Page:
Brian Mosely, Shelbyville reporter, receives award for Somali series

Congratulations to Brian Mosely who took a lot of heat this past December for his hardhitting investigative report on the Somali refugee inlux to this small Tennessee city.   

NASHVILLE — Times-Gazette staff writer Brian Mosely received the state’s top award for investigative reporting by The Associated Press Saturday night, highlighting a total of 18 awards won by the paper in the state’s two major press competitions held this weekend.

Mosely was honored with the Malcolm Law Memorial Award for Investigative Reporting for his five-part series published in December of last year chronicling the influx of Somali refugees to Bedford County.

The Law award for investigative reporting was established by the Tennessee Associated Press Managing Editors in 1973 to honor Malcolm Law, associate editor of The Jackson Sun, who died in December 1972. The award is recognized as one of the most prestigious awards given for journalistic accomplishment in Tennessee. 

Read the rest of the article here.

We followed this story at Refugee Resettlement Watch as it unfolded.   By just discussing the issue of the conflict between citizens of small towns and cities and the refugees from very foreign cultures, especially a culture that resists assimilation,  Mosely was accused of being a racist.       Mosely and his editor at the Times-Gazette must be feeling some sense of having been vindicated by receiving such an important journalistic prize.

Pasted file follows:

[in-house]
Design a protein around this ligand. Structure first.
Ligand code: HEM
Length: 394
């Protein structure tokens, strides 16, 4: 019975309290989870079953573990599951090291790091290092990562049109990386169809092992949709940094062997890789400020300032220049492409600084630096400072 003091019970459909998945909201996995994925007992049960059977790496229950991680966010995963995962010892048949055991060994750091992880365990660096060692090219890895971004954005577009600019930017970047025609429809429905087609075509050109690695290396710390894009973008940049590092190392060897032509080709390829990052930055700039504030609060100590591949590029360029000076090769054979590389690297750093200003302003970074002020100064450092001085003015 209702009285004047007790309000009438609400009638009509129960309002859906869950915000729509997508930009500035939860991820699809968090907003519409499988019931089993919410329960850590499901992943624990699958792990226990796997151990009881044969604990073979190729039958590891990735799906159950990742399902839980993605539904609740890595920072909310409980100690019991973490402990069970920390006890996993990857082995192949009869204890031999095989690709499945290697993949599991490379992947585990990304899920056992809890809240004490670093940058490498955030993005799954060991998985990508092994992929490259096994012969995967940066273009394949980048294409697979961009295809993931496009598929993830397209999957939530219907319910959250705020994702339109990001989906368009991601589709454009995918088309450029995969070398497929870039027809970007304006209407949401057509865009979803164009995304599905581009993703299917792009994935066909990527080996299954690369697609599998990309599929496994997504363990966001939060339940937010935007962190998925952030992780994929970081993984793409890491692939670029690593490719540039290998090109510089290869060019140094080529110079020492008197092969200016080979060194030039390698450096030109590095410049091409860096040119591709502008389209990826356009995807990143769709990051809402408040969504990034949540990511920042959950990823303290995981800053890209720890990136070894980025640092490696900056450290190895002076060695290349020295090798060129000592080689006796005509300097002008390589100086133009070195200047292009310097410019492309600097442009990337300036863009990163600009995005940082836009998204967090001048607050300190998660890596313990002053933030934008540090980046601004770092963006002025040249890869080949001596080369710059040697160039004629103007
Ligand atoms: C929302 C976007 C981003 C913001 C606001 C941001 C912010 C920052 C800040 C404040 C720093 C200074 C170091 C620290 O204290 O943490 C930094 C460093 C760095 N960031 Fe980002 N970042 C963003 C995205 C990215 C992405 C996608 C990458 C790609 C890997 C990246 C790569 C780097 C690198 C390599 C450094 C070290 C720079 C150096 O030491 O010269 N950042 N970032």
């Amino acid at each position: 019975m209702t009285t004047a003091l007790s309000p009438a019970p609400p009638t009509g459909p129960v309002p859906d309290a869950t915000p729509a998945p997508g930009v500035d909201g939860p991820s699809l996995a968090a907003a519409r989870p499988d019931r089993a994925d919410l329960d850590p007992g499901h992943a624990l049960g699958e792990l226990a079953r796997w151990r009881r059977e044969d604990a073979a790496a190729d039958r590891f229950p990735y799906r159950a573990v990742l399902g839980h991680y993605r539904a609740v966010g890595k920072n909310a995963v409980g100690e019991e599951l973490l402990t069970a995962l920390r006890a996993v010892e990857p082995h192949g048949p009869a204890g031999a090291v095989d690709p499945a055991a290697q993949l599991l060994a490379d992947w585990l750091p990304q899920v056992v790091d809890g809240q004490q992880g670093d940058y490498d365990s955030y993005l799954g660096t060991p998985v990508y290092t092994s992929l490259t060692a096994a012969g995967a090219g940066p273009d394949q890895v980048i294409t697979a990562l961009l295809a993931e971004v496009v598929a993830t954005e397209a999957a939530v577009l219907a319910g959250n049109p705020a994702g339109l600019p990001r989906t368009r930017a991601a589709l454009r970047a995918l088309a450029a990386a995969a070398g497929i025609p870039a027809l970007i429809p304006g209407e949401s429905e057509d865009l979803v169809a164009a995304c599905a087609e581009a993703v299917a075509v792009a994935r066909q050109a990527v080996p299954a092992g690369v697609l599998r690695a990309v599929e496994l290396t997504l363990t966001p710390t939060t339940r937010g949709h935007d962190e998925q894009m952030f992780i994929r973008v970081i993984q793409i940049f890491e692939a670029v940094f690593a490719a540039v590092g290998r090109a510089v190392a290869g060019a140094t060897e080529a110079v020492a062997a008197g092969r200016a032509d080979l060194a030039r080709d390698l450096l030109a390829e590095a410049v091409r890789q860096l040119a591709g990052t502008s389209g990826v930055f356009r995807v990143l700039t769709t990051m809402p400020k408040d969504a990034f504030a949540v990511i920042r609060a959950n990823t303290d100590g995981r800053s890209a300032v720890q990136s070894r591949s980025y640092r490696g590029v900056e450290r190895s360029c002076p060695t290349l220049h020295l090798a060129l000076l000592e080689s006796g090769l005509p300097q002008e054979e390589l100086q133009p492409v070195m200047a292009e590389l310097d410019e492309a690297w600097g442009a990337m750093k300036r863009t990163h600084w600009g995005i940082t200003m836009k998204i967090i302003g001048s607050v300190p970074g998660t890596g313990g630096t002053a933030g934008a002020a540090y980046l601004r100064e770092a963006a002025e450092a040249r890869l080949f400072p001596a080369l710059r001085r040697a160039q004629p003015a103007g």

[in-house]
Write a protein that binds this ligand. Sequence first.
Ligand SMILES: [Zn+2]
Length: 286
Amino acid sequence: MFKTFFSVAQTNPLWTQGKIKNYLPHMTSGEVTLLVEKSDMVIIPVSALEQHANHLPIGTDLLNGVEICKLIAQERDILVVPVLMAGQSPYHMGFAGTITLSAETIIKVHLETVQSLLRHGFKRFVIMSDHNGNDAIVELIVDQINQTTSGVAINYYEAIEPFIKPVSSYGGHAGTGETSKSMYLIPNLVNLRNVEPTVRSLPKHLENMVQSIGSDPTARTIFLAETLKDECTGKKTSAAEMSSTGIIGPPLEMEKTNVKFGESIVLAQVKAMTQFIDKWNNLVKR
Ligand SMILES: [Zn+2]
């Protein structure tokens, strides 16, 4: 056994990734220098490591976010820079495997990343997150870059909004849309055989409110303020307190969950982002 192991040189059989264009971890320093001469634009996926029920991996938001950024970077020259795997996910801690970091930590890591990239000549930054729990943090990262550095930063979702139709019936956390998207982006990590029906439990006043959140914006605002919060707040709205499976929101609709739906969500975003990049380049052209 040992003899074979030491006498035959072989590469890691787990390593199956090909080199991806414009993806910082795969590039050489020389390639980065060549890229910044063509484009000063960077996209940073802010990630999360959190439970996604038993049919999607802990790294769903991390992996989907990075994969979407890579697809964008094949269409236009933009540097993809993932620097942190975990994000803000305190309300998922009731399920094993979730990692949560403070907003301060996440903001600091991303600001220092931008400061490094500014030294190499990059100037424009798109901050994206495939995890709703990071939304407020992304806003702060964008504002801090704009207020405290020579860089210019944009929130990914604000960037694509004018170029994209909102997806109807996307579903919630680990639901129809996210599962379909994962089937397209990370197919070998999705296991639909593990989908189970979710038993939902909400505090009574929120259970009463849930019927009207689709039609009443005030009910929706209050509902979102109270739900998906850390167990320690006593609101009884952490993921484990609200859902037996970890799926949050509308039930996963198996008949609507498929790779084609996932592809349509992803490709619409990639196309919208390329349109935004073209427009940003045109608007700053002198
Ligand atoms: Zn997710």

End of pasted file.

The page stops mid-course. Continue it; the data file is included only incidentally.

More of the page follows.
Italy tackles the Muslim polygamy problem—will we be next?

Thanks to some very brave Muslim women, Italy is now beginning to face up to the problem of polygamy among Muslim immigrants.    Everytime I see an article like this one in the Los Angeles Times which has this lead-in: 

A boom in the illegal marriages is a byproduct of voluminous immigration by Muslims. Authorities largely ignore the unions, leaving the women in a murky world with no recourse when things go wrong.

I am reminded that we are seeing the advance warnings for us— the United States.  Already there are stories of such abuses of women among refugee communities here.  See our previous posts on polygamy.

Also, I’ll bet some of those so-called family members, sisters(?), that have been found to not be related to the applicant through DNA testing are actually extra wives (or would-be wives) the refugee wants to bring to the US through the family reunification program.